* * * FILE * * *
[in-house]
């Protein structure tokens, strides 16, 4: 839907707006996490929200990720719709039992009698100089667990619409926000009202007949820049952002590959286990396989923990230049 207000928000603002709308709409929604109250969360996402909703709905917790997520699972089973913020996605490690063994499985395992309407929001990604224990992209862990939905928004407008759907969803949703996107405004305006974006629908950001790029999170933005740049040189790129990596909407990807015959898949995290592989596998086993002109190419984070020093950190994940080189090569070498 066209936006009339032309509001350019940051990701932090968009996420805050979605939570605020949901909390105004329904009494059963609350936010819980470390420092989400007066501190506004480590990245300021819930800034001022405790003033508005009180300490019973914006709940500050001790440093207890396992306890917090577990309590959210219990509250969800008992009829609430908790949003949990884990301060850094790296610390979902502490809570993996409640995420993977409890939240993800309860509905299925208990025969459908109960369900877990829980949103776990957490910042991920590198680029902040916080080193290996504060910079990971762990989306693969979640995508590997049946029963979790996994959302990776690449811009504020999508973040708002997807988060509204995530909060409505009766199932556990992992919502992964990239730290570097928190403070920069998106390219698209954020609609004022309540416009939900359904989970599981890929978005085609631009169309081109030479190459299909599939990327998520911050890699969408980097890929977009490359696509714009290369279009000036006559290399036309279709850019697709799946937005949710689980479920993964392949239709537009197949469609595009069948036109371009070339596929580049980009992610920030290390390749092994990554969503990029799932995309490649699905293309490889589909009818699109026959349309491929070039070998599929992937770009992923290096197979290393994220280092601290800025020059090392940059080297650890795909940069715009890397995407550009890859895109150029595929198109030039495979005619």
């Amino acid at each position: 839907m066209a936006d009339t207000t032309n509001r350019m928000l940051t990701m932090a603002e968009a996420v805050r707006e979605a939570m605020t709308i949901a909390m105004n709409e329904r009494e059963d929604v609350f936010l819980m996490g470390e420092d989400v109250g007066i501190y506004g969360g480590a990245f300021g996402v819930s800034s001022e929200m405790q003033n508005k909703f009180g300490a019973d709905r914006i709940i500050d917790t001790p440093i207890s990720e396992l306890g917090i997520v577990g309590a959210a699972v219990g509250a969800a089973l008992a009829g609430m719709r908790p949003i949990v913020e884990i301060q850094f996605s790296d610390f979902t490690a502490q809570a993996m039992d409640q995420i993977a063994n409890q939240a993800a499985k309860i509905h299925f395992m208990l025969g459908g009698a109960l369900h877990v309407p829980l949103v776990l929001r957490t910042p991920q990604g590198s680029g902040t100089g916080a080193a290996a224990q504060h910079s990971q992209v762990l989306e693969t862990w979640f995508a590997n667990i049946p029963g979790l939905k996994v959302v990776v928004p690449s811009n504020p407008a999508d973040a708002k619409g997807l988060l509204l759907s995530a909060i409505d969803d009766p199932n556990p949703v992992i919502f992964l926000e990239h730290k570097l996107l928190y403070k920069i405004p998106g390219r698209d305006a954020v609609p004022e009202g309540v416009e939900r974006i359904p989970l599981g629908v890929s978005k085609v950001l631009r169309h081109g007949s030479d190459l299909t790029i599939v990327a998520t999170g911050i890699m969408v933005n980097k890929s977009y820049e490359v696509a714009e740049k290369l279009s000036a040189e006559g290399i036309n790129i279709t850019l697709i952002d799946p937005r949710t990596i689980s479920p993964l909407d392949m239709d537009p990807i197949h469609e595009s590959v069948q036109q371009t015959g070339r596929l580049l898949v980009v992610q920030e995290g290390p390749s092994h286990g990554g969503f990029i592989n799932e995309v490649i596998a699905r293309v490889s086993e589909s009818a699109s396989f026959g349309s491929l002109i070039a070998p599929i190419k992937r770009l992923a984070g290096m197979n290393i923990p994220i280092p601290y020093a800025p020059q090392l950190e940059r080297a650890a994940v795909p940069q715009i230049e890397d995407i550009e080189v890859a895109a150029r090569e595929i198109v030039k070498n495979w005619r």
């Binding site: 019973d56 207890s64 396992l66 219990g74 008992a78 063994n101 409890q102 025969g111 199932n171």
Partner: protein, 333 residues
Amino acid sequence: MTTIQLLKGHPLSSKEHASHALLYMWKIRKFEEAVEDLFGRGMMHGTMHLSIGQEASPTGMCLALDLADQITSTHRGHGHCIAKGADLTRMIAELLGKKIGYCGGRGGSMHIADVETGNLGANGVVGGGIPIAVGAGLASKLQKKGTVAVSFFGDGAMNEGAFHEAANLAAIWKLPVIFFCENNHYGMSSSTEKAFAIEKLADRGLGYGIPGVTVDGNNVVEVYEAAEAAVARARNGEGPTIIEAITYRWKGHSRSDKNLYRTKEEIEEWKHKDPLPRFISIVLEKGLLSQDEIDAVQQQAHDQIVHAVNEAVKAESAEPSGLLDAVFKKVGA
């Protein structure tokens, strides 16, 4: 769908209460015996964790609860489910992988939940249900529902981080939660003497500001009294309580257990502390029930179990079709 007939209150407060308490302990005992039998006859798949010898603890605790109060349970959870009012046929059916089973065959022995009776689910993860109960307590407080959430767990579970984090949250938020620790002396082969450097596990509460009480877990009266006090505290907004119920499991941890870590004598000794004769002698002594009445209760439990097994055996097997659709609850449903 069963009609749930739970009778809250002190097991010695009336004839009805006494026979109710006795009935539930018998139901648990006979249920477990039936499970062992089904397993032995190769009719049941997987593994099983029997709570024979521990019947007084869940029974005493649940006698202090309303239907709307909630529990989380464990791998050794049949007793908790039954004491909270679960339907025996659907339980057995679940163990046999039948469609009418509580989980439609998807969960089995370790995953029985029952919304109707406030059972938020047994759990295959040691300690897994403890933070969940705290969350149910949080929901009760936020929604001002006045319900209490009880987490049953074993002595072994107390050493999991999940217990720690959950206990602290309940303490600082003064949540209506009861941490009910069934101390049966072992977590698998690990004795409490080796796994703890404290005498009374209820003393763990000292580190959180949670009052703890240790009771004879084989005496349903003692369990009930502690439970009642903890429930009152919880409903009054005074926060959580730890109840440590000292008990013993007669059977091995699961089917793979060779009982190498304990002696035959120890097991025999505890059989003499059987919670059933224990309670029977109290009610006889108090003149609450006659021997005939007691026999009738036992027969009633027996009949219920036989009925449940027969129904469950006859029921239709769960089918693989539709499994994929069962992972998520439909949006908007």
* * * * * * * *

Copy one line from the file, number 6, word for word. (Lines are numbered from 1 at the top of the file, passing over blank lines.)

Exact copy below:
Amino acid sequence: MTTIQLLKGHPLSSKEHASHALLYMWKIRKFEEAVEDLFGRGMMHGTMHLSIGQEASPTGMCLALDLADQITSTHRGHGHCIAKGADLTRMIAELLGKKIGYCGGRGGSMHIADVETGNLGANGVVGGGIPIAVGAGLASKLQKKGTVAVSFFGDGAMNEGAFHEAANLAAIWKLPVIFFCENNHYGMSSSTEKAFAIEKLADRGLGYGIPGVTVDGNNVVEVYEAAEAAVARARNGEGPTIIEAITYRWKGHSRSDKNLYRTKEEIEEWKHKDPLPRFISIVLEKGLLSQDEIDAVQQQAHDQIVHAVNEAVKAESAEPSGLLDAVFKKVGA